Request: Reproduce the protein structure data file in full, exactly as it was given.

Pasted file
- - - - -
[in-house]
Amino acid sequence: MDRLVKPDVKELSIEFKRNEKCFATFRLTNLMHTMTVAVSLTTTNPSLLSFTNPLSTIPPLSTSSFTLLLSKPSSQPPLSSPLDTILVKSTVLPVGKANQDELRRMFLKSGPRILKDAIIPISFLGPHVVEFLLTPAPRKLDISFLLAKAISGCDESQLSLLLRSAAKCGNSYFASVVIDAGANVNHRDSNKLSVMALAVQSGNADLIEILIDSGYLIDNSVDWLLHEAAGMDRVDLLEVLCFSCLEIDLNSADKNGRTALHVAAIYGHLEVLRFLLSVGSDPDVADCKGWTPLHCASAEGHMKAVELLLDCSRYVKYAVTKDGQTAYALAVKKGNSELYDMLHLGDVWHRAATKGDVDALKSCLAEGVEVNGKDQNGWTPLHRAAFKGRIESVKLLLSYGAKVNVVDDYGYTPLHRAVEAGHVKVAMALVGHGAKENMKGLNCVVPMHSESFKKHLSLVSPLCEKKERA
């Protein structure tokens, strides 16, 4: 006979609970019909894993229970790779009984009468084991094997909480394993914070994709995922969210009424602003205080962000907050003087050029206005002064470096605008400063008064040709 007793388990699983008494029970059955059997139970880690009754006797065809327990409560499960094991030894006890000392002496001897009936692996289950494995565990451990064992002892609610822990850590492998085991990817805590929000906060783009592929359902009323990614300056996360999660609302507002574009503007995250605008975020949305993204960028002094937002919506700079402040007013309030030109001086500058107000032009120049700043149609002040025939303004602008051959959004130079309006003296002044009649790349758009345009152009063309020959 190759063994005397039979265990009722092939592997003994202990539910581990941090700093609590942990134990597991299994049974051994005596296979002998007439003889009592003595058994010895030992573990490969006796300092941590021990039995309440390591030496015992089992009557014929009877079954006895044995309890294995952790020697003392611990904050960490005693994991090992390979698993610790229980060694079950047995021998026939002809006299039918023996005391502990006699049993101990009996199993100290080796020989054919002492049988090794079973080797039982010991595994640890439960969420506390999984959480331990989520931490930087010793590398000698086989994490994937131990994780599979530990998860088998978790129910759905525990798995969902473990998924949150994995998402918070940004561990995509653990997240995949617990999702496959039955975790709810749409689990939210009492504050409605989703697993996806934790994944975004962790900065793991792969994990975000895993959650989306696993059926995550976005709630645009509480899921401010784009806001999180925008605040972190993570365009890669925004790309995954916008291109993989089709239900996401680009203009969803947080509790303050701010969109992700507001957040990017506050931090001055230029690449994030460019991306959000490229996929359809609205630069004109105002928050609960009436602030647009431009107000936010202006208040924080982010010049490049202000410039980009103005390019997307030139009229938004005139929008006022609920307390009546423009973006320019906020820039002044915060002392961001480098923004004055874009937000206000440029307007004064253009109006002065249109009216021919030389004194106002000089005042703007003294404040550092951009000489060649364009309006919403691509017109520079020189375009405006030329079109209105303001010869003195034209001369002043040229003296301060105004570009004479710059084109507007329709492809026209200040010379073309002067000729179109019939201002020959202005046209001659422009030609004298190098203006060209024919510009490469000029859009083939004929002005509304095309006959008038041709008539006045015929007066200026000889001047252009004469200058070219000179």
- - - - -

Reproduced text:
[in-house]
Amino acid sequence: MDRLVKPDVKELSIEFKRNEKCFATFRLTNLMHTMTVAVSLTTTNPSLLSFTNPLSTIPPLSTSSFTLLLSKPSSQPPLSSPLDTILVKSTVLPVGKANQDELRRMFLKSGPRILKDAIIPISFLGPHVVEFLLTPAPRKLDISFLLAKAISGCDESQLSLLLRSAAKCGNSYFASVVIDAGANVNHRDSNKLSVMALAVQSGNADLIEILIDSGYLIDNSVDWLLHEAAGMDRVDLLEVLCFSCLEIDLNSADKNGRTALHVAAIYGHLEVLRFLLSVGSDPDVADCKGWTPLHCASAEGHMKAVELLLDCSRYVKYAVTKDGQTAYALAVKKGNSELYDMLHLGDVWHRAATKGDVDALKSCLAEGVEVNGKDQNGWTPLHRAAFKGRIESVKLLLSYGAKVNVVDDYGYTPLHRAVEAGHVKVAMALVGHGAKENMKGLNCVVPMHSESFKKHLSLVSPLCEKKERA
């Protein structure tokens, strides 16, 4: 006979609970019909894993229970790779009984009468084991094997909480394993914070994709995922969210009424602003205080962000907050003087050029206005002064470096605008400063008064040709 007793388990699983008494029970059955059997139970880690009754006797065809327990409560499960094991030894006890000392002496001897009936692996289950494995565990451990064992002892609610822990850590492998085991990817805590929000906060783009592929359902009323990614300056996360999660609302507002574009503007995250605008975020949305993204960028002094937002919506700079402040007013309030030109001086500058107000032009120049700043149609002040025939303004602008051959959004130079309006003296002044009649790349758009345009152009063309020959 190759063994005397039979265990009722092939592997003994202990539910581990941090700093609590942990134990597991299994049974051994005596296979002998007439003889009592003595058994010895030992573990490969006796300092941590021990039995309440390591030496015992089992009557014929009877079954006895044995309890294995952790020697003392611990904050960490005693994991090992390979698993610790229980060694079950047995021998026939002809006299039918023996005391502990006699049993101990009996199993100290080796020989054919002492049988090794079973080797039982010991595994640890439960969420506390999984959480331990989520931490930087010793590398000698086989994490994937131990994780599979530990998860088998978790129910759905525990798995969902473990998924949150994995998402918070940004561990995509653990997240995949617990999702496959039955975790709810749409689990939210009492504050409605989703697993996806934790994944975004962790900065793991792969994990975000895993959650989306696993059926995550976005709630645009509480899921401010784009806001999180925008605040972190993570365009890669925004790309995954916008291109993989089709239900996401680009203009969803947080509790303050701010969109992700507001957040990017506050931090001055230029690449994030460019991306959000490229996929359809609205630069004109105002928050609960009436602030647009431009107000936010202006208040924080982010010049490049202000410039980009103005390019997307030139009229938004005139929008006022609920307390009546423009973006320019906020820039002044915060002392961001480098923004004055874009937000206000440029307007004064253009109006002065249109009216021919030389004194106002000089005042703007003294404040550092951009000489060649364009309006919403691509017109520079020189375009405006030329079109209105303001010869003195034209001369002043040229003296301060105004570009004479710059084109507007329709492809026209200040010379073309002067000729179109019939201002020959202005046209001659422009030609004298190098203006060209024919510009490469000029859009083939004929002005509304095309006959008038041709008539006045015929007066200026000889001047252009004469200058070219000179």